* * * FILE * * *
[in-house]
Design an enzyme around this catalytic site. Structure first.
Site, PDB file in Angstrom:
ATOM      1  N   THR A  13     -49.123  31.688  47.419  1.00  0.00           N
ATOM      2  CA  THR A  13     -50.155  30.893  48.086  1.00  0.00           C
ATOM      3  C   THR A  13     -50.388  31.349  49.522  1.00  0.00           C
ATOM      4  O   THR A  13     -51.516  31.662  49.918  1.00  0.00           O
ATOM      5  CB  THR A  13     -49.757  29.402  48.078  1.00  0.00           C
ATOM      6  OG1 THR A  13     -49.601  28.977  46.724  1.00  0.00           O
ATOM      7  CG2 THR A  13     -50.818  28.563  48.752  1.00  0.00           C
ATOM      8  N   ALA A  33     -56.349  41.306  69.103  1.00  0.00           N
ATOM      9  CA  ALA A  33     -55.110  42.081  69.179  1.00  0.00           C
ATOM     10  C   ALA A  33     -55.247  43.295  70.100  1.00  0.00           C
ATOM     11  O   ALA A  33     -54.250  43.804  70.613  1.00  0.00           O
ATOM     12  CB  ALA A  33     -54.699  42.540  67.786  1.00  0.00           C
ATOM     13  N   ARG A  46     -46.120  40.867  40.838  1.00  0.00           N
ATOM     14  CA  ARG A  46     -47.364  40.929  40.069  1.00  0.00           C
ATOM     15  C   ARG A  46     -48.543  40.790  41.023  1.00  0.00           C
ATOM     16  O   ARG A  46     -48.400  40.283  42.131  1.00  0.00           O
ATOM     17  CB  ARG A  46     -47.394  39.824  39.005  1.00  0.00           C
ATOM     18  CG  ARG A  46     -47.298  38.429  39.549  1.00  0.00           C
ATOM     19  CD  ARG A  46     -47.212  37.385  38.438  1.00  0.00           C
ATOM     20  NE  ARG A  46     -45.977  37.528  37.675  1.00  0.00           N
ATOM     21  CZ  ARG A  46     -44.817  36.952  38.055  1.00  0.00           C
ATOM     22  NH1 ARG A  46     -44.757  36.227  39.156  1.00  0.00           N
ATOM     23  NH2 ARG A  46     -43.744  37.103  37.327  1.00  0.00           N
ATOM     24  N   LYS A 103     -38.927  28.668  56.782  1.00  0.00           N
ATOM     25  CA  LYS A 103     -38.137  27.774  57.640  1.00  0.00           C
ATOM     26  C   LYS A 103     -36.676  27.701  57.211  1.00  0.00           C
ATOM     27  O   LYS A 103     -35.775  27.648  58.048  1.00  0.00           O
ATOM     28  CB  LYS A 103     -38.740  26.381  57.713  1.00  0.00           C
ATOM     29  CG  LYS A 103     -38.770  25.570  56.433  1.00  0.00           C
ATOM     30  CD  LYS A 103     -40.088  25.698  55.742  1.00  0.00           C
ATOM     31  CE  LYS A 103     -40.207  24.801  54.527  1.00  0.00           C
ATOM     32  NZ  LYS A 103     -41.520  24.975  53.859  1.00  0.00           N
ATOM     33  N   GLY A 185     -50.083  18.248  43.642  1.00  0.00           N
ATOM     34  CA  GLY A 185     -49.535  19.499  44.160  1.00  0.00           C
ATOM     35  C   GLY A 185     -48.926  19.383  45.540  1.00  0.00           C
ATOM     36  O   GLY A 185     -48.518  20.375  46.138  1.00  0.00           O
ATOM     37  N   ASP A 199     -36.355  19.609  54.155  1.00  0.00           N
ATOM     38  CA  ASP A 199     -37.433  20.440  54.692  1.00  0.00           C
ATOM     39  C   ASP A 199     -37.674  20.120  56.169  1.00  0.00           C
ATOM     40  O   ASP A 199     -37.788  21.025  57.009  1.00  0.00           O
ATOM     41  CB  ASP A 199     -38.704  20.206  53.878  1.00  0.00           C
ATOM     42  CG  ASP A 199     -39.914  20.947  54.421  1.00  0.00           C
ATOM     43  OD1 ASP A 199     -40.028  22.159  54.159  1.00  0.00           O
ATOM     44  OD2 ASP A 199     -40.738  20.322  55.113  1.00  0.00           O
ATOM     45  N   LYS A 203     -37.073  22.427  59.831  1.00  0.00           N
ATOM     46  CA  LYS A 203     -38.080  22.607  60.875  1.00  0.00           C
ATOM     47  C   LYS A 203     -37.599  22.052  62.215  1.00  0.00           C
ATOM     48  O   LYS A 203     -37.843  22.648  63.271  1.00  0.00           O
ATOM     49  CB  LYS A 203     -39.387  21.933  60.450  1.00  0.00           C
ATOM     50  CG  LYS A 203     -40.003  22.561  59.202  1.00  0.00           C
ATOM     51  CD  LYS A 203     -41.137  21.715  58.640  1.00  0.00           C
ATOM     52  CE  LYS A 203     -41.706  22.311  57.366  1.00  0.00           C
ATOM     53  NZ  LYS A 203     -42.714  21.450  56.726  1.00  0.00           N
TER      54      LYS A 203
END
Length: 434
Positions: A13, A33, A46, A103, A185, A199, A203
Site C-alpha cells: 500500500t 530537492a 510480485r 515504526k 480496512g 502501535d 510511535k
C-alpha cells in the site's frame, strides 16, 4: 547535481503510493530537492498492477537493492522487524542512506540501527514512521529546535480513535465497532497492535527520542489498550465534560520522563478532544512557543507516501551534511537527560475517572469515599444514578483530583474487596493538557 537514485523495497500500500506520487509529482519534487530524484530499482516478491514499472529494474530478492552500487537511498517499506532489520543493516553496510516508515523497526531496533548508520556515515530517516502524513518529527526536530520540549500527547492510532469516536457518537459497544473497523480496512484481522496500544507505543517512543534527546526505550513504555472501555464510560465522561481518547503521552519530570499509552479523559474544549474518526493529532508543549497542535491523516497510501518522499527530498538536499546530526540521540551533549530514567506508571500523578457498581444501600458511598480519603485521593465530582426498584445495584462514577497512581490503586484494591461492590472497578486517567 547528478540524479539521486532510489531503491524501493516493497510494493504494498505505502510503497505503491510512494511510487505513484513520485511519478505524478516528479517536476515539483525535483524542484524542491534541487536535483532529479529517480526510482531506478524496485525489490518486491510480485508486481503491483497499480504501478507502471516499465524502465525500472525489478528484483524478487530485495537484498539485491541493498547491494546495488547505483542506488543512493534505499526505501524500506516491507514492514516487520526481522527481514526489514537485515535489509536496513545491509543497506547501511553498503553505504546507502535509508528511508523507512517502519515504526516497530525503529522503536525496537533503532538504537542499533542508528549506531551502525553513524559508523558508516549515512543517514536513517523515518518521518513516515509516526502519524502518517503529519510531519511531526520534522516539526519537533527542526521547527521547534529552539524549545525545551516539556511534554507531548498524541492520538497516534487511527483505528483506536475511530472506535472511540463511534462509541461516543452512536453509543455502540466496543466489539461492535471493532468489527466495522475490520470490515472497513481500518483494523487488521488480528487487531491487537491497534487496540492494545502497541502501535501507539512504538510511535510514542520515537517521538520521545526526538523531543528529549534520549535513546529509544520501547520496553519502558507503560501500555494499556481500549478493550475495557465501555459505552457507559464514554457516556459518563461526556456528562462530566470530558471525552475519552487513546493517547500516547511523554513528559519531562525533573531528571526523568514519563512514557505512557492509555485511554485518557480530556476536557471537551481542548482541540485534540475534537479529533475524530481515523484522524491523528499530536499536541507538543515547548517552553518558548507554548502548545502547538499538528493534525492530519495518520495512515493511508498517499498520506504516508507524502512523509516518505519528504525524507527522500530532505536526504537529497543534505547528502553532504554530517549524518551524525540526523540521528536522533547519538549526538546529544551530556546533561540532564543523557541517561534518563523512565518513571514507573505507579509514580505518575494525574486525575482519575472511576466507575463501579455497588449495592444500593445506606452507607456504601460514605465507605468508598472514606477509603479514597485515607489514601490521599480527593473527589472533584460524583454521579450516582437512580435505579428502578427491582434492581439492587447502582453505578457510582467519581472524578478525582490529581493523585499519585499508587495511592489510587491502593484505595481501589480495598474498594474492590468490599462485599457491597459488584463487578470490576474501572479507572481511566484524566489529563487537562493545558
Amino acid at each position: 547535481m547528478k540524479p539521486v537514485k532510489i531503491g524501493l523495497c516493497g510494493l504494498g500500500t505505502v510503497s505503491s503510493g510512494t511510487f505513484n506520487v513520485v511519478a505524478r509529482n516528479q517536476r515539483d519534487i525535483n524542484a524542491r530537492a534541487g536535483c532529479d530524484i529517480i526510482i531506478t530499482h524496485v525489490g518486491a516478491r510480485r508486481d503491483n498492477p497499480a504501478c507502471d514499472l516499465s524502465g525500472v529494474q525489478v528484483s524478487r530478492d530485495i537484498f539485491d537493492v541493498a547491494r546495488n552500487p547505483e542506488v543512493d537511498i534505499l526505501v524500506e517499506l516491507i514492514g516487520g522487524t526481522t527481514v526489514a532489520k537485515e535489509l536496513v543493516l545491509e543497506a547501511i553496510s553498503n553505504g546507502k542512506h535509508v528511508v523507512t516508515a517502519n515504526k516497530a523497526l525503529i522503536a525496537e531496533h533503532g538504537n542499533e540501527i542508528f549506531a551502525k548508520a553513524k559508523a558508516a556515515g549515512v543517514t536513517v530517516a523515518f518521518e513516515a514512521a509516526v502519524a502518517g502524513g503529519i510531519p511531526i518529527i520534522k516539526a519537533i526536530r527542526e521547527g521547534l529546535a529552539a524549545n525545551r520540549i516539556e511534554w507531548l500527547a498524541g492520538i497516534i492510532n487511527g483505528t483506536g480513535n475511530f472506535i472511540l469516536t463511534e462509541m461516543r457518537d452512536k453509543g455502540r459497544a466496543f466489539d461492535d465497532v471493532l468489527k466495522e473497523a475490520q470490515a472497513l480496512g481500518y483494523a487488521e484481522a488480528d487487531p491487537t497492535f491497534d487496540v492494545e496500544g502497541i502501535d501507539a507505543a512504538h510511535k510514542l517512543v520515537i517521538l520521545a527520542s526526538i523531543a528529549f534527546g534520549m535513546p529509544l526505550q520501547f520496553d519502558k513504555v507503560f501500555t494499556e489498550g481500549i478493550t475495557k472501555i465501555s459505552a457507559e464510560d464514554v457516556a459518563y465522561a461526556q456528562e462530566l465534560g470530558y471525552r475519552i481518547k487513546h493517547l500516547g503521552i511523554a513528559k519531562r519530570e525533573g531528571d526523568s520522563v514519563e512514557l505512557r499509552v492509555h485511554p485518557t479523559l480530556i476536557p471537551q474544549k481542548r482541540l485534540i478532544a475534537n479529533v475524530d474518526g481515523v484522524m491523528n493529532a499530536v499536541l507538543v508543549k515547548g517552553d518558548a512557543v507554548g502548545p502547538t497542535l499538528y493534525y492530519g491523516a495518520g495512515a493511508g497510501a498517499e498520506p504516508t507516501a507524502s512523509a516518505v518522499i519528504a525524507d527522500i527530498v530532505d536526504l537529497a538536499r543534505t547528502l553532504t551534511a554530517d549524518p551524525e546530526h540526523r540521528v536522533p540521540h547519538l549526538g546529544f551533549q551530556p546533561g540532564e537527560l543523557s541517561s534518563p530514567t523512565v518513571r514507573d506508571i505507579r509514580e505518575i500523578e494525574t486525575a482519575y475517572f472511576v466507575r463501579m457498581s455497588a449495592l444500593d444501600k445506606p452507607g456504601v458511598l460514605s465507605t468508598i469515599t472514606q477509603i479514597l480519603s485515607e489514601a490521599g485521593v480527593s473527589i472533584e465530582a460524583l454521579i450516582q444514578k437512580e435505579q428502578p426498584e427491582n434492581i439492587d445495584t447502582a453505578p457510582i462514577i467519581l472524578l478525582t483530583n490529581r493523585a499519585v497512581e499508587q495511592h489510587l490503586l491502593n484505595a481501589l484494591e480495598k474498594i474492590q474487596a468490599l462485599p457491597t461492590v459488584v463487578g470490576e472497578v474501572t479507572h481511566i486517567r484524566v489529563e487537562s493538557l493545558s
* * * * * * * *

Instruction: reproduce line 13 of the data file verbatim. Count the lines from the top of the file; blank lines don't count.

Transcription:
ATOM     10  C   ALA A  33     -55.247  43.295  70.100  1.00  0.00           C